News Articles

Christian leaders in Nigeria concerned about Islamic institutions

ABUJA, Nigeria (BP)–Christian leaders in northern Nigeria submitted a memorandum to the nation’s National Political Reform Conference June 9, cataloguing cases of persecution and discrimination against Christians.

The National Political Reform Conference is expected to draft a revised constitution, which will then be presented to Nigeria’s president, Olusegun Obasanjo. The conference, which began Feb. 21 and goes until June 21, gathers 400 delegates from across the country to Abuja, the country’s federal capital city.

Archbishop Peter Jatau and Elder Saidu Dogo, chairman and secretary, respectively, of the northern Nigeria chapter of the Christian Association of Nigeria, expressed concern in the memorandum that while the Nigerian constitution professes a secular status for the nation, state governments in northern Nigeria are Islamic institutions whose main task is to promote and propagate Islam using public funds.

Twelve northern Nigerian states are presently implementing the Islamic legal system. Since the introduction of sharia law in the past five years, tens of thousands of lives are reported to have been lost in religious conflicts in northern Nigeria alone.

Jatau and Dogo wrote in the memorandum that discriminatory religious policies have led to the denial of land for the building of churches, denial of media coverage for Christian propagation and activities, and denial of Christian religious instruction in schools.

“CAN is sad to say that most states in the North have denied Christians land to build places of worship,” a copy of the memorandum given to Compass Direct by Dogo reads. “In some of these states [including Kano state], land has not been given or allocated to our members to build churches in the past 35 years. The denial of such land to build places of worship is a way of causing religious disharmony in the country and most especially in the northern states.

“Christians in the north have not been given equal opportunity in the state-owned, national media organizations to propagate or evangelize our faith. Even sponsored Christian programs are denied coverage in both state and national electronic media in states like Kano, Sokoto, Zamfara, and Katsina, among others,” the Christian leaders added.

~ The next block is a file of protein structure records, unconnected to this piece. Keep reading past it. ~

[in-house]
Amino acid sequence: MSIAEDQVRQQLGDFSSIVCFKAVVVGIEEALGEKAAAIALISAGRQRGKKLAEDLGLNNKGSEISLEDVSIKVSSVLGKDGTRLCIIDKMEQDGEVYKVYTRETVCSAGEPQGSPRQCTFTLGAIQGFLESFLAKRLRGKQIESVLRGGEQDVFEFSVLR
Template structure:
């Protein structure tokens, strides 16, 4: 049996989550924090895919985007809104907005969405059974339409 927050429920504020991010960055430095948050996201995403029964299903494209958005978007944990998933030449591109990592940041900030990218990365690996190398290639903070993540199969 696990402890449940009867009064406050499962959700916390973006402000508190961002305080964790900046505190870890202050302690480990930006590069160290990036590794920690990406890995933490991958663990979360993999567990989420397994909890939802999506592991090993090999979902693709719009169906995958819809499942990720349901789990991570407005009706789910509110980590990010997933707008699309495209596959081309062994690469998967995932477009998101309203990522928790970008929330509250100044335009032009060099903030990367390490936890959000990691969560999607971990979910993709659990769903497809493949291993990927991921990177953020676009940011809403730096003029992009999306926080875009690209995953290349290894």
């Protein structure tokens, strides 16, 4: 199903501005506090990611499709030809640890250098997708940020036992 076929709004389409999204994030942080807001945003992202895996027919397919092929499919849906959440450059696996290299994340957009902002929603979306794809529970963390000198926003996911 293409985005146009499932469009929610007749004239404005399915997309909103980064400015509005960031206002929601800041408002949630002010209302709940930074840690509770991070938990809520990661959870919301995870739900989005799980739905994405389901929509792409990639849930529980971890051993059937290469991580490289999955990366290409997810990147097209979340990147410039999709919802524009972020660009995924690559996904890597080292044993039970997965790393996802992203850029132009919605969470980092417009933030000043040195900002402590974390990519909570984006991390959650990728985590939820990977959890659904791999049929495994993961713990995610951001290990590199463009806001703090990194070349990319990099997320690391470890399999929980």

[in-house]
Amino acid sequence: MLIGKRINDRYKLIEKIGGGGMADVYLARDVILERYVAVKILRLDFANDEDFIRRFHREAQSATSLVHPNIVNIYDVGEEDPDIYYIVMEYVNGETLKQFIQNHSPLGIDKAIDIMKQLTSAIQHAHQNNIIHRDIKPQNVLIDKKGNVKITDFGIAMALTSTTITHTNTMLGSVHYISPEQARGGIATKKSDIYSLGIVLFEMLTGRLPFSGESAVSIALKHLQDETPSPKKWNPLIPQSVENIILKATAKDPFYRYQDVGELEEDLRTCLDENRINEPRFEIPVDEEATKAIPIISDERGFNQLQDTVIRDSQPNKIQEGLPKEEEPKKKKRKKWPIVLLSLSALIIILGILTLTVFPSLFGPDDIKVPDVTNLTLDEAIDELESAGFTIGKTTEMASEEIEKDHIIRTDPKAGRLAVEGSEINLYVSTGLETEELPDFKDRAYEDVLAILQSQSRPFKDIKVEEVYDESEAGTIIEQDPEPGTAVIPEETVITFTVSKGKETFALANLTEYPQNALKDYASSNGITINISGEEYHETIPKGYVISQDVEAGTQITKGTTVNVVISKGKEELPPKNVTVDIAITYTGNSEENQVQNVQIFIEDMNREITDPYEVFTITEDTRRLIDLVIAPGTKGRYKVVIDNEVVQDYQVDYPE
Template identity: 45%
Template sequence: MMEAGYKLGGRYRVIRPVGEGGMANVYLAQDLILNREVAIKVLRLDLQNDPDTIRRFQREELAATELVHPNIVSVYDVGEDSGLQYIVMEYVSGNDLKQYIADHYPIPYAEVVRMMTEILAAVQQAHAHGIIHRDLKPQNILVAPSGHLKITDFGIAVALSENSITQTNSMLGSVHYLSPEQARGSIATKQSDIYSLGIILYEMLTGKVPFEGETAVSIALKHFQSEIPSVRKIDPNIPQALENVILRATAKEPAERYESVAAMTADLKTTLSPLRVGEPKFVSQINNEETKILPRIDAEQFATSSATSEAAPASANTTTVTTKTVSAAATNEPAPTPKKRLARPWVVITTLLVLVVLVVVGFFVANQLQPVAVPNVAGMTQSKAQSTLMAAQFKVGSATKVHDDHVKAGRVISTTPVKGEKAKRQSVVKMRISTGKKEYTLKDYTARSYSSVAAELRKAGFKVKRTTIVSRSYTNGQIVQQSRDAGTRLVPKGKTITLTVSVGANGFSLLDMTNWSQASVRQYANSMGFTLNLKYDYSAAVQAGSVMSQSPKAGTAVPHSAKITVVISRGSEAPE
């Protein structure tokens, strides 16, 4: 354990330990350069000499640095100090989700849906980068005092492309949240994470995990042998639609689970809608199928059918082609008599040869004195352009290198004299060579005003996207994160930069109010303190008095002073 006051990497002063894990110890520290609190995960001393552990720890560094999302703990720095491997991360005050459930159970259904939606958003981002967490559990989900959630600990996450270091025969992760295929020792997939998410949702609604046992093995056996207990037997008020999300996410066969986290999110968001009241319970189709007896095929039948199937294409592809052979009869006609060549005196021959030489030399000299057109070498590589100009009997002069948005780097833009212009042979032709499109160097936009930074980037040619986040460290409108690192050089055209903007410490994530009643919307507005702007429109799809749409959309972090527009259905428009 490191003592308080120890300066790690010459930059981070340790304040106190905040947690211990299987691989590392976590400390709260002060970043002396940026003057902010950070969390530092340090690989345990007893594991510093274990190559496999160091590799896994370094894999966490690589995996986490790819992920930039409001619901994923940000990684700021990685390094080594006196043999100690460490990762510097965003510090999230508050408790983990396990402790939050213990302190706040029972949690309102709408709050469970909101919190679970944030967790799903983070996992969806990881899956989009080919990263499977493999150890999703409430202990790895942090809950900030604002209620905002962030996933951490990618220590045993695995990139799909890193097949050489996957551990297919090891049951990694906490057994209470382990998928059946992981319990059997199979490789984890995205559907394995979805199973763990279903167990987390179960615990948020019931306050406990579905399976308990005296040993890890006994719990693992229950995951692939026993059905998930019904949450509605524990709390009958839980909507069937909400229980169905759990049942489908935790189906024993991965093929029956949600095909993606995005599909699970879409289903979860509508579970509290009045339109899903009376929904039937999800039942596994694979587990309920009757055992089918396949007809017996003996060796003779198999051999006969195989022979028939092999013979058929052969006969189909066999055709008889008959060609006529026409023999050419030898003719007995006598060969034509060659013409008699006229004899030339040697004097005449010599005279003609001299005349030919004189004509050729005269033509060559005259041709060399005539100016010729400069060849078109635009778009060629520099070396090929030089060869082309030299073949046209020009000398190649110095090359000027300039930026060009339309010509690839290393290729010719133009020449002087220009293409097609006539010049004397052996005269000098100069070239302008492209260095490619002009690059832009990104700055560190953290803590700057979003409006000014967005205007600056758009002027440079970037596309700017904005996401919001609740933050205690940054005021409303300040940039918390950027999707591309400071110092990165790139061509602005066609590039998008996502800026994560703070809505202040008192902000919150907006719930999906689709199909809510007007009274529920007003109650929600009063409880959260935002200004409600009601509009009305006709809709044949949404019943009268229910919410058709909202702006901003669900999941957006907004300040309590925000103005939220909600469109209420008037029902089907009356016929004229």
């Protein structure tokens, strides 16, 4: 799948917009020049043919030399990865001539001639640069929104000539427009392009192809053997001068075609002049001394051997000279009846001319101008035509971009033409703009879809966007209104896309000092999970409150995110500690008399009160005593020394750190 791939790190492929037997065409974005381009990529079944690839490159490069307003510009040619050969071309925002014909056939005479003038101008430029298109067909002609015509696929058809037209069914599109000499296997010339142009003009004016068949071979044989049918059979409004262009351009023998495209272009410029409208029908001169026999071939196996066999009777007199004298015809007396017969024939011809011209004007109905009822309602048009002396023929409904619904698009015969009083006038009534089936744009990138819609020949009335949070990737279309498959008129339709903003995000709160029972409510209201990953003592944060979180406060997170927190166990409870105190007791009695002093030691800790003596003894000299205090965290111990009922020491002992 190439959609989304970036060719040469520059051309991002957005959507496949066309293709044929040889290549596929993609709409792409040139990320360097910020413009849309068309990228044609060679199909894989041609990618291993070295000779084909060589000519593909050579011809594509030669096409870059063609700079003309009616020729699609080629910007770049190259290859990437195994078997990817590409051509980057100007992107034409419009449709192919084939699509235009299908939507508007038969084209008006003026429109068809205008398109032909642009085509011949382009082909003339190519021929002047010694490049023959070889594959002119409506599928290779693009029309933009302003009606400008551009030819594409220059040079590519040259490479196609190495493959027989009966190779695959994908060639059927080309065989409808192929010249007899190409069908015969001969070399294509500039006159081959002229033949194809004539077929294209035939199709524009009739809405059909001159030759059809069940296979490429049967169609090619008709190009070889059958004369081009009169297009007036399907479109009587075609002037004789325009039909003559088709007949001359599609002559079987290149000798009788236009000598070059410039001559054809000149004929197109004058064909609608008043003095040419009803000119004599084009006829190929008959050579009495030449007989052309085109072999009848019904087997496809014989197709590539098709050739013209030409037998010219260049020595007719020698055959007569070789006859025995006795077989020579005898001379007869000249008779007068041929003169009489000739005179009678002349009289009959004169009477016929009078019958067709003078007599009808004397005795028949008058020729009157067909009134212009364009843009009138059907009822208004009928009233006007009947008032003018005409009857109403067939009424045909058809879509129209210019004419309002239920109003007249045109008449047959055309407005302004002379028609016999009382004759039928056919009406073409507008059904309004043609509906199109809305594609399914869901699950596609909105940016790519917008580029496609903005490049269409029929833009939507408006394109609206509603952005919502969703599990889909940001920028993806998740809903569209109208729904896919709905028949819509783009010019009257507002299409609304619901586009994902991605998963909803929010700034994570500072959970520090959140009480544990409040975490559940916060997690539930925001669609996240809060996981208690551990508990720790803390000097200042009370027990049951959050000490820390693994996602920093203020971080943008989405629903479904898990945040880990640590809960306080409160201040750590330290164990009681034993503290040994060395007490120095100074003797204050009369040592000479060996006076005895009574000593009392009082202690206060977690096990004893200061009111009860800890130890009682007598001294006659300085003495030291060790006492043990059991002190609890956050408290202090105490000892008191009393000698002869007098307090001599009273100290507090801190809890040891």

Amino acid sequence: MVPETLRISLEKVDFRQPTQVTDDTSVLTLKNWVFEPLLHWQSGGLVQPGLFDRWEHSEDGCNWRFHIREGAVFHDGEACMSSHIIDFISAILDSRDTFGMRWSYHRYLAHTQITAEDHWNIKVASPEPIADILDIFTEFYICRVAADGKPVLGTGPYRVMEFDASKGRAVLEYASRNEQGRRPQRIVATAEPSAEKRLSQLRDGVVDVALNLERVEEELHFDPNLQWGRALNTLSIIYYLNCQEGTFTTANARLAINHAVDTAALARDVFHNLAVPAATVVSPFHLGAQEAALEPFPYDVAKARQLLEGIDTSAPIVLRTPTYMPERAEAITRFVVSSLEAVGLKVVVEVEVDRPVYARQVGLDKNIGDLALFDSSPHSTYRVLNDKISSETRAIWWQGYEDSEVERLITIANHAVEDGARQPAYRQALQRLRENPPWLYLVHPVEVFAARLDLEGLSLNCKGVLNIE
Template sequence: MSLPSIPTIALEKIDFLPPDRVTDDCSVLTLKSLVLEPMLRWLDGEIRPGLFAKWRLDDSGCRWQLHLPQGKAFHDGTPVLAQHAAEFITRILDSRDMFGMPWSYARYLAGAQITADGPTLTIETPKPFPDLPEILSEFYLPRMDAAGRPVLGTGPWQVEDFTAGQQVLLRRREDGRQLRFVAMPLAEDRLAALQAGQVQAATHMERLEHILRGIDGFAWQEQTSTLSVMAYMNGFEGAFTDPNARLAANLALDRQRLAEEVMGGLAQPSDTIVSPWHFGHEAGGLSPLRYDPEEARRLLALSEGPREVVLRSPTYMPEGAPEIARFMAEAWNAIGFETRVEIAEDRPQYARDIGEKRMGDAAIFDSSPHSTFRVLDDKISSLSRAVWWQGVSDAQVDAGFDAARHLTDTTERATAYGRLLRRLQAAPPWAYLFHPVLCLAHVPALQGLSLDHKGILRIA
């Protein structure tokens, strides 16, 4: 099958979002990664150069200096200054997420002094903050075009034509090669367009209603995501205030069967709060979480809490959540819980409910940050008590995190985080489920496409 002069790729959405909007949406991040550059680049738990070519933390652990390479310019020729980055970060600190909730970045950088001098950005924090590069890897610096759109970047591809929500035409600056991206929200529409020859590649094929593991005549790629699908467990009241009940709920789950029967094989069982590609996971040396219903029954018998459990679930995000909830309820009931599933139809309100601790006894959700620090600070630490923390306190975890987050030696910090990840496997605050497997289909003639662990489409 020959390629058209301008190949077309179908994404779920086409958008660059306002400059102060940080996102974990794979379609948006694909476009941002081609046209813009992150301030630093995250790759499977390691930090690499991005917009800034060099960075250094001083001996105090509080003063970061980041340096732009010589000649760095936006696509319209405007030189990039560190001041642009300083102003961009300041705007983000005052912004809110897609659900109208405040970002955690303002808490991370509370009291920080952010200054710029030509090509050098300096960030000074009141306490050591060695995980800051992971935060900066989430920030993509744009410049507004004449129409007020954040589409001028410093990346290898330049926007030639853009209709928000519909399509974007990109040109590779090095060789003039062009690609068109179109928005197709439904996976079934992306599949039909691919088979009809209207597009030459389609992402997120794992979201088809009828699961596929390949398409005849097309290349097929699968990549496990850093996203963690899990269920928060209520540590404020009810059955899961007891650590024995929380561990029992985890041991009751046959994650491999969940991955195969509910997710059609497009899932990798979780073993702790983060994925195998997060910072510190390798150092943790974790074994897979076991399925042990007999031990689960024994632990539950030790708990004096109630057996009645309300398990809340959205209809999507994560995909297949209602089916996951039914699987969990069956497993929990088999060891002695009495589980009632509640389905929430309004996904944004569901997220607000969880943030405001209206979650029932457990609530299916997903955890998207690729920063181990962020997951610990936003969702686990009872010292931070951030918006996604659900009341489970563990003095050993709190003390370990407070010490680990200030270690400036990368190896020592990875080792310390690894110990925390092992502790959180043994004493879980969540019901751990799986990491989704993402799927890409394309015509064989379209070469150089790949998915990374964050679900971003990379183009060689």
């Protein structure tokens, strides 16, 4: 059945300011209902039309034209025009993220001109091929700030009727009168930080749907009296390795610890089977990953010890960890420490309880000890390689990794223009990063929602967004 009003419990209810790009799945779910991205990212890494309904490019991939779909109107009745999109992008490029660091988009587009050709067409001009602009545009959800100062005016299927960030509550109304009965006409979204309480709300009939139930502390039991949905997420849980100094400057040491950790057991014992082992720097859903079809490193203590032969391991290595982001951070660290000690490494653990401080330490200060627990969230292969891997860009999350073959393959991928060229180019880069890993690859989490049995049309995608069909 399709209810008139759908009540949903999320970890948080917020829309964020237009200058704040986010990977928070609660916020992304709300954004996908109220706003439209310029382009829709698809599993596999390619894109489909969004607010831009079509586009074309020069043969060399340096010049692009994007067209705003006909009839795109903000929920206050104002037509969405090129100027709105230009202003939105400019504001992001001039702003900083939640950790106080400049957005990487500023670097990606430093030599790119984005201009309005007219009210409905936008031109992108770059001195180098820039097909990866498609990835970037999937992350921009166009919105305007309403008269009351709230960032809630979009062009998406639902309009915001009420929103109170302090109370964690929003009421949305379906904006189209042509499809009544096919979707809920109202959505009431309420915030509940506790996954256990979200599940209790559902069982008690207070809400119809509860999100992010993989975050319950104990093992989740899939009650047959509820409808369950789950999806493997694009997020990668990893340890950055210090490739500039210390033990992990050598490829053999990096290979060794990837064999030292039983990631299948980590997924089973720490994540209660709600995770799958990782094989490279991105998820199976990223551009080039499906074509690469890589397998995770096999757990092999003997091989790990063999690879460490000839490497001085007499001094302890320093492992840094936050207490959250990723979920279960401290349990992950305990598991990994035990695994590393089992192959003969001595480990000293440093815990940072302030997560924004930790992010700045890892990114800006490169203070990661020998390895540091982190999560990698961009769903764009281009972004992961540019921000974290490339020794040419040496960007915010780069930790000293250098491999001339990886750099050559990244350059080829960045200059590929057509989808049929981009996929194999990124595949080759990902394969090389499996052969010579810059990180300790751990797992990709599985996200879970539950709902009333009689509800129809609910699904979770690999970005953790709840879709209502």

“As important as moral instruction is, CAN has observed that Christian students in most northern states are being denied teachers of Christian Religious Knowledge [in comparison to] the massive employment of Islamic teachers. This discrepancy is heightening tension in this part of the country,” the memorandum stated.

The Christian leaders added, “Our mission schools have been taken over by the government without compensation. We demand that states which took over these schools should return them.”

In their memorandum to the country’s National Political Reform Conference, the northern Christian leaders are demanding that all provisions for religious laws in the Nigerian constitution be removed, that persecution of Christians in the country be stopped, and that all Nigerians be given equal opportunity in the country.

President Obasanjo stated in a nationwide radio and television broadcast Feb. 14 that he believes the political reform conference provides, “… one major chance that we all have to be part of history, to put all our cards on the table, to discuss as one family, engage in exchange of ideas, vigorous debate and innovative involvement in shaping the future of our nation.”

The reform conference has seven major issues on its agenda for discussion. These include the constitution, political parties, elections, judiciary, civil society, structure of government and consensus building.
Obed Minchakpu is a writer with Compass Direct, a news service based in Santa Ana, Calif., focusing on Christians worldwide who are persecuted for their faith. Used by permission.

    About the Author

  • Obed Minchakpu